Guest Author - Rebecca Orczeck
I recently got an email from the Elliot Instituteís David C. Reardon, Ph.D. detailing the loss and life of Tom Strahan, a dedicated activist working quietly behind the scenes of the Pro-Life movement. Here is the email:
On November 13, 2003, God called home one of his champions, Tom Strahan. Tom died of a heart attack shortly after he and his wife, Carol, returned home from a fund-raising banquet for a pregnancy help center in Minneapolis. To the very end, Tom was helping others.
As a man, Tom Strahan was a humble, generous, and prayerful father, steward, and Christian. As a laborer, he was an attorney and scholar.
In my judgment, Tom was the worldís single leading expert on the literature related to abortion complications. Others might know the details of one area or of a group of studies better, but no one was as well read in regard to the breadth of the literature. The breadth of this knowledge is captured in Detrimental Effects of Abortion: An Annotated Bibliography with Commentary, of which the Elliot Institute is the proud publisher.
How did a lawyer come to be an expert in the area of post-abortion complications? It began in prayer.
Tom had matured into his professional life during the late 50's and early 60's. He used his legal skills to serve the poor and disenfranchised and was active in civil rights litigation. I doubt he ever made a lot of money, but he knew he was helping people who needed help. He probably also got a lot of help from his wife, Carol, who encouraged and supported his efforts to serve rather than get.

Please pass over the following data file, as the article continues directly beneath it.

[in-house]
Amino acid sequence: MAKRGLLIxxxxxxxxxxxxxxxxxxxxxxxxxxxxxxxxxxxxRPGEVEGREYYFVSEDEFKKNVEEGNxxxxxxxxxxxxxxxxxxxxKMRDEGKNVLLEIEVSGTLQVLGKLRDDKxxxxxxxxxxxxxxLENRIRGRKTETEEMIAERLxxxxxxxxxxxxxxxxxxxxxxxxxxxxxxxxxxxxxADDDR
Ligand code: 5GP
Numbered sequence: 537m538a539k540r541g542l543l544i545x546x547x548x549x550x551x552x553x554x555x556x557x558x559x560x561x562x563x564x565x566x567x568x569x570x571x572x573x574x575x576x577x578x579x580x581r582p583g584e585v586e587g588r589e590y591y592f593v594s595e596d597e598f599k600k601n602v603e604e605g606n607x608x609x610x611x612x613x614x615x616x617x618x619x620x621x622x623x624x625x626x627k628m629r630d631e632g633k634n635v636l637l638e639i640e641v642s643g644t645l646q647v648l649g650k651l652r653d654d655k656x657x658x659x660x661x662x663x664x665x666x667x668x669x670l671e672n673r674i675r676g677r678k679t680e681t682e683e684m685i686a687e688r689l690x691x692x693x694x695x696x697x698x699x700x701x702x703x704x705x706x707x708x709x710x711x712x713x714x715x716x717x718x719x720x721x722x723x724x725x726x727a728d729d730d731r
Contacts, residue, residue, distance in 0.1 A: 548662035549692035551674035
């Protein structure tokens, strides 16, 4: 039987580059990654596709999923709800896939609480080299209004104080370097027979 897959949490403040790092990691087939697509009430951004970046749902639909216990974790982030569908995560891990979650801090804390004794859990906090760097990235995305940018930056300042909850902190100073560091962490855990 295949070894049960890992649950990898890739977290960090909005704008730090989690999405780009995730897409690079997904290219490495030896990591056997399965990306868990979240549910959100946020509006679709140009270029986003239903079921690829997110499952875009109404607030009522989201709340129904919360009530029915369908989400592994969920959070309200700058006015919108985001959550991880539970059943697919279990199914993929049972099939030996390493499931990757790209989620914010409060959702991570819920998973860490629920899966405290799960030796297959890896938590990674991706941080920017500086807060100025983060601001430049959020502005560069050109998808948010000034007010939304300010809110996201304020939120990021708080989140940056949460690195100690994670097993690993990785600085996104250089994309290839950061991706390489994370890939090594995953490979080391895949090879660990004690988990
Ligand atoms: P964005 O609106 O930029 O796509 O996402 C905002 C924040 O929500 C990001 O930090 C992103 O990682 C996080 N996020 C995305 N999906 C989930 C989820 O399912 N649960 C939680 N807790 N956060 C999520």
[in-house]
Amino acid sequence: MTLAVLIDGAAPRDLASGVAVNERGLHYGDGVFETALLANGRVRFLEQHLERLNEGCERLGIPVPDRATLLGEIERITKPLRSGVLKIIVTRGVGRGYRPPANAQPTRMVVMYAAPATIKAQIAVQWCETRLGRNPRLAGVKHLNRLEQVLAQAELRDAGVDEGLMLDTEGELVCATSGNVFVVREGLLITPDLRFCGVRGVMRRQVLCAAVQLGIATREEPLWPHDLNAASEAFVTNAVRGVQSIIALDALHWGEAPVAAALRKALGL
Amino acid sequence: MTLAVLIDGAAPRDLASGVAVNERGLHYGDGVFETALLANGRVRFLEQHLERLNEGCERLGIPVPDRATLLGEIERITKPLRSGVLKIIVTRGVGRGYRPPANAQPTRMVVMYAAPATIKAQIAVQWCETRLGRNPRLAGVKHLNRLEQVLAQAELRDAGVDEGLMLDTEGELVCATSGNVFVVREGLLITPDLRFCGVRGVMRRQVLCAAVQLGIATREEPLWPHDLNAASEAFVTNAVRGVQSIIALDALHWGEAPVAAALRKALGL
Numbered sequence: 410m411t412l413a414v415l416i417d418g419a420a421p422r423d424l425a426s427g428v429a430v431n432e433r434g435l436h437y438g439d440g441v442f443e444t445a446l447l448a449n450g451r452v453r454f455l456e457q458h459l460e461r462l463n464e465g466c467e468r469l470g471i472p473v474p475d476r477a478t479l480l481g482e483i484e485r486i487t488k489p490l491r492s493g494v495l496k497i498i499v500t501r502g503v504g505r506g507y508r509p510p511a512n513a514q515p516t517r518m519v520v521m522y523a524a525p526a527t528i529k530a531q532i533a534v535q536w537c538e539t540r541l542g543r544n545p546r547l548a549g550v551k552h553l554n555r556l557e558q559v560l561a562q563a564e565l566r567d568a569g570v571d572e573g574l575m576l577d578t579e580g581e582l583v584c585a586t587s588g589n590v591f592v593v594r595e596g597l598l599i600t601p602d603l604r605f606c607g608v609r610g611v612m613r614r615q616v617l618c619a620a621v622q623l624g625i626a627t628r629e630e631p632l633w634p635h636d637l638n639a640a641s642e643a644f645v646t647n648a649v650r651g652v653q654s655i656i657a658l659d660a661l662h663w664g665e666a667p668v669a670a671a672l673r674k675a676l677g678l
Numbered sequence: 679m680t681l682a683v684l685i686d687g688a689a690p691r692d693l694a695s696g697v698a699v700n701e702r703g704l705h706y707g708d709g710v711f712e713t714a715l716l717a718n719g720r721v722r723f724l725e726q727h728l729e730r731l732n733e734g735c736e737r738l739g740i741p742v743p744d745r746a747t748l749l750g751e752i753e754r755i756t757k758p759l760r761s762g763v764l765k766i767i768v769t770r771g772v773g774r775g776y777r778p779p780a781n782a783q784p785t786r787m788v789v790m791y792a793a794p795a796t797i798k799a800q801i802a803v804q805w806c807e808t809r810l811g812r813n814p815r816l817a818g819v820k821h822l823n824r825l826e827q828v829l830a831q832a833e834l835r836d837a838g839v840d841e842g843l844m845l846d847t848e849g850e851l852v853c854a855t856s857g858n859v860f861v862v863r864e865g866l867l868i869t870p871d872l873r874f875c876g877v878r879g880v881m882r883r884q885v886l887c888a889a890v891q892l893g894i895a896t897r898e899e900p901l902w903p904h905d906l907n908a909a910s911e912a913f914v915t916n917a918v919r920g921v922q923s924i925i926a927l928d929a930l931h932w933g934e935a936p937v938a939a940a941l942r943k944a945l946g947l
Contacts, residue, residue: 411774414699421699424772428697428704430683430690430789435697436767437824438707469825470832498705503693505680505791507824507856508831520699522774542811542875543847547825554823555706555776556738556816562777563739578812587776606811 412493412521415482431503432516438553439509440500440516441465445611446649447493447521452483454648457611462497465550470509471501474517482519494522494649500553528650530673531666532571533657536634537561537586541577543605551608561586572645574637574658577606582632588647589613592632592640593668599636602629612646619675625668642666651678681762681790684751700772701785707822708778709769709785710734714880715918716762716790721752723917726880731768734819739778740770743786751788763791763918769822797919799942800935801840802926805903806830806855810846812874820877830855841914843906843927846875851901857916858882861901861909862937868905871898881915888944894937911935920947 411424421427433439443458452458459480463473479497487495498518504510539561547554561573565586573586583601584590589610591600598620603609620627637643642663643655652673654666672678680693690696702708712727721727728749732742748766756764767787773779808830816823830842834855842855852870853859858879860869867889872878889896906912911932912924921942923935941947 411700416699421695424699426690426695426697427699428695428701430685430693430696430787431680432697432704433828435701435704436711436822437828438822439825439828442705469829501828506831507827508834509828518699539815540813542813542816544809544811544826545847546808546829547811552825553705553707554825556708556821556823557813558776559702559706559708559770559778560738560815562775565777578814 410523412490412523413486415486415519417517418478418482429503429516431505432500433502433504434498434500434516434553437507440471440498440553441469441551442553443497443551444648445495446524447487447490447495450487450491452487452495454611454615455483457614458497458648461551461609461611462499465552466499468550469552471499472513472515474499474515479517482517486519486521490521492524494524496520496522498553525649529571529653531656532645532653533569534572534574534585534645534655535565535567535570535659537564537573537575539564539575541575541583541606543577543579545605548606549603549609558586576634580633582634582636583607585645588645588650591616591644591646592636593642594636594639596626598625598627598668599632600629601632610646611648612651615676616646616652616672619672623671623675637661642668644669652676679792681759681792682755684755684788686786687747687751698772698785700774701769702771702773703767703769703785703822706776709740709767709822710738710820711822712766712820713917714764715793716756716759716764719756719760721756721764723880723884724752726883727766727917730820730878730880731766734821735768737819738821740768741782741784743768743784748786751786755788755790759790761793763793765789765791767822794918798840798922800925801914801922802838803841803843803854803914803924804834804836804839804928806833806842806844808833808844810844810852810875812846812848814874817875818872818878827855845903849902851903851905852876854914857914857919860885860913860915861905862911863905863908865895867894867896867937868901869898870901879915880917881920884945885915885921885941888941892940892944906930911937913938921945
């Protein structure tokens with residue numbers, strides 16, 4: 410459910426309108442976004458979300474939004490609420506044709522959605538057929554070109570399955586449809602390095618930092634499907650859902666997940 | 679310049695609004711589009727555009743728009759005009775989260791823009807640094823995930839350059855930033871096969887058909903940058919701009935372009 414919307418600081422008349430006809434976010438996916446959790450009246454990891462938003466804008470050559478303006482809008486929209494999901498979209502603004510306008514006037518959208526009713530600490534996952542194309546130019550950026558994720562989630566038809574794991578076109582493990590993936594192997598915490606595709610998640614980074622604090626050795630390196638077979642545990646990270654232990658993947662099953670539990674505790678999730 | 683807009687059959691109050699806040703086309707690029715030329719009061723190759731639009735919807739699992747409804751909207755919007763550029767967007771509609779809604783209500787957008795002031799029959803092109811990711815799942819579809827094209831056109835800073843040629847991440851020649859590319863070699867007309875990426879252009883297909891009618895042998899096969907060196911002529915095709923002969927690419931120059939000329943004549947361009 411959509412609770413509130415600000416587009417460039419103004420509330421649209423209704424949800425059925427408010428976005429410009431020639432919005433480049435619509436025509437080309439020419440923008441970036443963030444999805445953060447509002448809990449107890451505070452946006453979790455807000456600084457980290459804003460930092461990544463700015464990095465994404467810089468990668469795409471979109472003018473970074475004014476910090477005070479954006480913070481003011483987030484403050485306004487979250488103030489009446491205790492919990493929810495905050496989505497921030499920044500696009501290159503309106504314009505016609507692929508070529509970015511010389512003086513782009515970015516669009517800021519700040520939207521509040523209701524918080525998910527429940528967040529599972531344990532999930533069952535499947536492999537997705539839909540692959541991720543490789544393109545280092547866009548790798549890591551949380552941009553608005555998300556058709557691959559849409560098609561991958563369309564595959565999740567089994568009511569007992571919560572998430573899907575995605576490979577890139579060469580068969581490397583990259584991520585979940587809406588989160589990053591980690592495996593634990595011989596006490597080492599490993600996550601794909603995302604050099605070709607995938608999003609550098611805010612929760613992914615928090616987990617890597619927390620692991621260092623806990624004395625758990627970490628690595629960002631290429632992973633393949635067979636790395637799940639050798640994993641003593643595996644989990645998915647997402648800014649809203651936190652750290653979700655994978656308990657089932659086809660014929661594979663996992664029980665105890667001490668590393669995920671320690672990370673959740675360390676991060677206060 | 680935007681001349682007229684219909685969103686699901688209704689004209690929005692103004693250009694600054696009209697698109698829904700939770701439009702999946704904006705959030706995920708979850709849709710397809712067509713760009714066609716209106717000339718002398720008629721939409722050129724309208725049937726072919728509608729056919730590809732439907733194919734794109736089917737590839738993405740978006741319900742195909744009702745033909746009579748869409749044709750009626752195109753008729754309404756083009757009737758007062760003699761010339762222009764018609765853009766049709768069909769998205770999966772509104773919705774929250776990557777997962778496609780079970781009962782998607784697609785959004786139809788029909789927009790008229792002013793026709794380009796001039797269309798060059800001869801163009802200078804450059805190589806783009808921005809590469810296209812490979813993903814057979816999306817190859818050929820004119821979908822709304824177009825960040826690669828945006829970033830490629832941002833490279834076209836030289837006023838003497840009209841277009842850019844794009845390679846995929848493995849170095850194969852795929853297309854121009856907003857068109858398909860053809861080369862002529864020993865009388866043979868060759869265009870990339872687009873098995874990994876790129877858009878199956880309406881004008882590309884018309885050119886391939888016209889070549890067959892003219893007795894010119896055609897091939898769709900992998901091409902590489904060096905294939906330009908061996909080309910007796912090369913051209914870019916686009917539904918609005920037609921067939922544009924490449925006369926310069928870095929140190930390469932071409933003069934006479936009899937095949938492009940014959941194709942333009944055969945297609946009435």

I first met Tom in 1986. We were both attending the first meeting of the Association for Interdisciplinary Research on Values and Social Change to present papers on the negative effects of abortion on women. It was my first public presentation on the topic. My guess is that it was his first as well.
Tom went on to become the editor and chief author of the Associationís publication Research Reports (www.abortionresearch.com). He became the first one I would ever turn to with questions about the literature. Every time, he was gracious and generous with his time, resources, and good advice.
Once, when we were discussing how we had gotten into "this business," Tom explained how he was reluctantly pulled into it. There had come a time, he said, when he had been at a loss as to where he should be putting his energies. So he knelt down in prayer. He prayed for an hour or more, repeatedly asking the Lord to show him what he should do. I guess it took him a couple of hours of prayer because this experienced civil rights lawyer kept hoping that if he prayed long enough God would show him some new way to help the poor. Instead, he felt God was insistently calling on him to defend the unborn. Not the
abortion issue, he protested! How about something else? Surely there was something less divisive that he could help out with? No, he sensed in Godís immovable answer, Tom was needed for the battle against abortion.